Vladimir Bublik, the rector of the Ural State Law University, exposed the drawbacks of foreign education, including the impact of “their ideology” and liberal values on children. He added, however, that his daughter plans to study in Europe. These comments were made in an interview to 66.ru focusing on Russia’s exclusion from the Bologna education system and the signing of an agreement to create a consortium named European and Asian Law University.
According to Bublik, Russia’s withdrawal from the Bologna Process will not change anything, and the distinction between bachelor's and master's courses will be retained for a while. The problems resulting from denouncing the Bologna declaration are purely technical, the rector says, but certain elements of the system must be kept. “I hope that rectors, who are immediately impacted by the decision, will have a say in this. From our perspective, some elements of the Bologna system should remain in place,” said Bublik. He pointed out the need to fulfill obligations to current undergraduate students and let them complete their courses.
Bublik also explained that the process will be gradual and that the technical solution will present itself, although “there are more important considerations”. “What kind of considerations?” the reporter asked, and the rector replied:
“Most importantly, our children will get the opportunity to grow into normal people, normal citizens. Because the Russian Orthodox faith, Islam, and our natural values serve as a framework that guarantees healthy development for our children.
Parents are committed to raising their children to be normal. The impact of foreign ideology on students returning home from overseas is evident. Both in terms of sexuality and liberal values, they are different. As a father, I wouldn’t want my daughter (who plans to study art and will go to Europe because that's where art and architecture are) to return a different person who professes different values.
Our consortium will make sure it doesn't happen because Russia and Muslim states are probably among the few places where people grow up normal, without all those... You know what I mean.”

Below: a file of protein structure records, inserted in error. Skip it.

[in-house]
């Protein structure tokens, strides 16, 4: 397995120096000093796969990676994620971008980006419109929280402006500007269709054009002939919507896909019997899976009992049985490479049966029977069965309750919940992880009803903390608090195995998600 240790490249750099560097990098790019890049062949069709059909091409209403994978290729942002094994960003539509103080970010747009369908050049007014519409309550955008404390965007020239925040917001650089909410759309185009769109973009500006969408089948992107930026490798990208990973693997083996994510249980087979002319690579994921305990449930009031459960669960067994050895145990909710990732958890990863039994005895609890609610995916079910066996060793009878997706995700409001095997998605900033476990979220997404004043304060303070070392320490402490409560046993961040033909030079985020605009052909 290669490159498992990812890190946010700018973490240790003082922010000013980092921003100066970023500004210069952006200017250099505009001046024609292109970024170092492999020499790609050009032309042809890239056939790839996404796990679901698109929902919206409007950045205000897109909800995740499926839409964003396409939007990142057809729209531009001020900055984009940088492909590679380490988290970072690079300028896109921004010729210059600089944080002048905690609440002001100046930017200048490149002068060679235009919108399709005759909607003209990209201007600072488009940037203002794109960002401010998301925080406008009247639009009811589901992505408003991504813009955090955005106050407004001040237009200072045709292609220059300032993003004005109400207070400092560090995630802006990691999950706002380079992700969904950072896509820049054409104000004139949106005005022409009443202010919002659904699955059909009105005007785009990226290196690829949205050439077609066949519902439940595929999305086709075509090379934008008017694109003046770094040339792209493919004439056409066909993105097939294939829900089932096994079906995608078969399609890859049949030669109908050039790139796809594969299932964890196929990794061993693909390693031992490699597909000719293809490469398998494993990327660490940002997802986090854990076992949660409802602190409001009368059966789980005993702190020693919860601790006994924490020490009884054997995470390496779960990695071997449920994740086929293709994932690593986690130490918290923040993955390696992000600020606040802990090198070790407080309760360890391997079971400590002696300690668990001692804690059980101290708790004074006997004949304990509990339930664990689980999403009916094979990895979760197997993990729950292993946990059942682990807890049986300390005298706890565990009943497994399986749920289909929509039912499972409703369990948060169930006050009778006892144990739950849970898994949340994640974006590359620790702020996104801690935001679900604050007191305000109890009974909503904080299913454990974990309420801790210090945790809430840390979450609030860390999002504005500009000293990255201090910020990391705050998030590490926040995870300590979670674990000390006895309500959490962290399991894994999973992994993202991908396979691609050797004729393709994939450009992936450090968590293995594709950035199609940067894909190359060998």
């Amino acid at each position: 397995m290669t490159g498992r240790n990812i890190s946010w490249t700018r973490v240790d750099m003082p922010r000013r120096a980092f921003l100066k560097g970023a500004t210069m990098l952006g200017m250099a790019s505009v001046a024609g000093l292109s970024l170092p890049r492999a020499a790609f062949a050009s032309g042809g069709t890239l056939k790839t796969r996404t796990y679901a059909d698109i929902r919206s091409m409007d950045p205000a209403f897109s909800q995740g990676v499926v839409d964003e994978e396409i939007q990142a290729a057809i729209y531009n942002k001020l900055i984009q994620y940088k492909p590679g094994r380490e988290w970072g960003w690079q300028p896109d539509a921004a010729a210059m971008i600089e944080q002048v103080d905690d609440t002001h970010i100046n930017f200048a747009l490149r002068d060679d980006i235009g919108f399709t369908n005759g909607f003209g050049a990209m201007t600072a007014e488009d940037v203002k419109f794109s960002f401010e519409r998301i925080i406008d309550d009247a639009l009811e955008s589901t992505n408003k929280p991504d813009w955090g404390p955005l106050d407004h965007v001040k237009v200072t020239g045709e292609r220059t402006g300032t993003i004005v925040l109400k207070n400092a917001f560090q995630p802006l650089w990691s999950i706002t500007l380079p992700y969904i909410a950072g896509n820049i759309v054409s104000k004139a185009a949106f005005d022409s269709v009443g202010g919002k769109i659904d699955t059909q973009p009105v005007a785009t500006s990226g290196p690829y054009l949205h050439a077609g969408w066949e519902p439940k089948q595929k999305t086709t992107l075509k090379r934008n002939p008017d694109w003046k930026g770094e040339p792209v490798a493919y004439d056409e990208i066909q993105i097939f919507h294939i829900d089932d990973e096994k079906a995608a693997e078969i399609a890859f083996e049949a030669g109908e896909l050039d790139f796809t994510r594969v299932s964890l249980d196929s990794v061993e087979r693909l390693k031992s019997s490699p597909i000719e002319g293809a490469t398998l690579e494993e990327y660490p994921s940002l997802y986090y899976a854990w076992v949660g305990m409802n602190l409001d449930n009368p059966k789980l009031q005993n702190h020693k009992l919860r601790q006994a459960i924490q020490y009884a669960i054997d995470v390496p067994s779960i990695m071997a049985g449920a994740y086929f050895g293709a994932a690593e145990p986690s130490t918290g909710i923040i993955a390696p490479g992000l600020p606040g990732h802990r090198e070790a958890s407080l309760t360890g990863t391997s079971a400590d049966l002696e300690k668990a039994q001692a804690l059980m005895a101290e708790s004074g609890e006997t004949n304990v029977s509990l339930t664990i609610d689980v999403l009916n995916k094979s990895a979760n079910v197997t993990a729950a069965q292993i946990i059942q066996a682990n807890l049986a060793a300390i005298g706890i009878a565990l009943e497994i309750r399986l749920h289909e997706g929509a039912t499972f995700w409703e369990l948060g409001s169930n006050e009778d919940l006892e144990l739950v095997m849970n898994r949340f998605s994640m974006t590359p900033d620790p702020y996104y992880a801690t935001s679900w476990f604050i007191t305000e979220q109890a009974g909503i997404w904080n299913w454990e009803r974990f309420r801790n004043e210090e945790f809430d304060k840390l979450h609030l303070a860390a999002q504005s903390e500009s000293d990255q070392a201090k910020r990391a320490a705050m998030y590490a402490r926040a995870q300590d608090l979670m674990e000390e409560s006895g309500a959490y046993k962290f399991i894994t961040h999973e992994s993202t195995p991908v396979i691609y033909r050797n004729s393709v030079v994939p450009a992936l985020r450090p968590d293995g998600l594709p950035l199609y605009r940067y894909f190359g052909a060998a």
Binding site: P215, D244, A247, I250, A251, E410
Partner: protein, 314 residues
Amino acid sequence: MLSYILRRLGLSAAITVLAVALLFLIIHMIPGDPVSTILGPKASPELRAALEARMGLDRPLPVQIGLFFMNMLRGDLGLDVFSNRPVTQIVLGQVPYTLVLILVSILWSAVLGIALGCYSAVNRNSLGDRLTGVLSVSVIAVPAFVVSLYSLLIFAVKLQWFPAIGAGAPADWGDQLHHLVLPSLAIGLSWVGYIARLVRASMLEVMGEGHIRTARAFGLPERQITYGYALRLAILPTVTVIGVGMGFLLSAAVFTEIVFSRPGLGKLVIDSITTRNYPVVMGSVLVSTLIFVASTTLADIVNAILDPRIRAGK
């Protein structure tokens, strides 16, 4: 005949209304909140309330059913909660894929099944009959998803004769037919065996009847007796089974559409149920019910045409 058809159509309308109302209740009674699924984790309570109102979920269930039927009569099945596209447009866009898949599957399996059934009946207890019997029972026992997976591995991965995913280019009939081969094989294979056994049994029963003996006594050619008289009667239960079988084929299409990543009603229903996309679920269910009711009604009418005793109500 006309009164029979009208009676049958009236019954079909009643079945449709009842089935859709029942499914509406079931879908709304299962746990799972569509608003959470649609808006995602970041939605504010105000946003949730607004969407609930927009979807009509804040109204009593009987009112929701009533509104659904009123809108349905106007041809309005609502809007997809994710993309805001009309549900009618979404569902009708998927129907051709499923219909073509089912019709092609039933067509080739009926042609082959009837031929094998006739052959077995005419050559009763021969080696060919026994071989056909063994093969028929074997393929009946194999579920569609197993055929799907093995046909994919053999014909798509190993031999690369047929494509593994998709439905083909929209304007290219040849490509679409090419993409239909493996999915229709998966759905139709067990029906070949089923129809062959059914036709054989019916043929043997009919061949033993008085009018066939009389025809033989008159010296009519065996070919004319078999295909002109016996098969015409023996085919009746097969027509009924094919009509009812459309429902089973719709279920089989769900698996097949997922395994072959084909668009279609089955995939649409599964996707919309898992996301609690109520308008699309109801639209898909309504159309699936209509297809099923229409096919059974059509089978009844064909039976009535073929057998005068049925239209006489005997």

In conclusion, he added that the country will fight for its children: “We will fight for our children. We will not give them up to that European cloaca that exists out there, drawing us in... We will resist it and will not let it have our children.”
Previously, all Russian educational institutions had been excluded from the Bologna Process. Dmitry Afanasiev, Deputy Minister for Education and Science, pointed out this discrepancy: “The Bologna system walked out on us, and not the other way around.” He specified that the Bologna group had announced the decision to cease the representation of Russia and Belarus in all Bologna Process organizations as early as on April 11. “Essentially, once our rectors, heads of educational institutions, signed the address of the Russian Rectors’ Union in support of the President's special operation, all of Russia's educational organizations were therefore expelled from the Bologna Process,” the deputy minister explained.
Russia joined the Bologna Process, which provides for a combination of four-year bachelor's and two-year master's courses as a higher education standard, in 2003. Since then, many of the country’s universities have transitioned to a two-tier education system, facilitating their students’ transfer to foreign universities and further studies abroad.
Since Russia started the war in Ukraine, Russian politicians have been calling for a withdrawal from the Bologna system more and more often. Initiatives to abandon the process have been proposed by Security Council Secretary Nikolay Patrushev, State Duma vice speaker Petr Tolstoy, First Deputy Chairman of the Chamber Committee on Science and Higher Education Oleg Smolin, former minister of education and president of the Russian Academy of Education (RAO) Olga Vasilieva, MSU rector Viktor Sadovnichiy, and Russian Lawyers’ Association chairman Sergey Stepashin.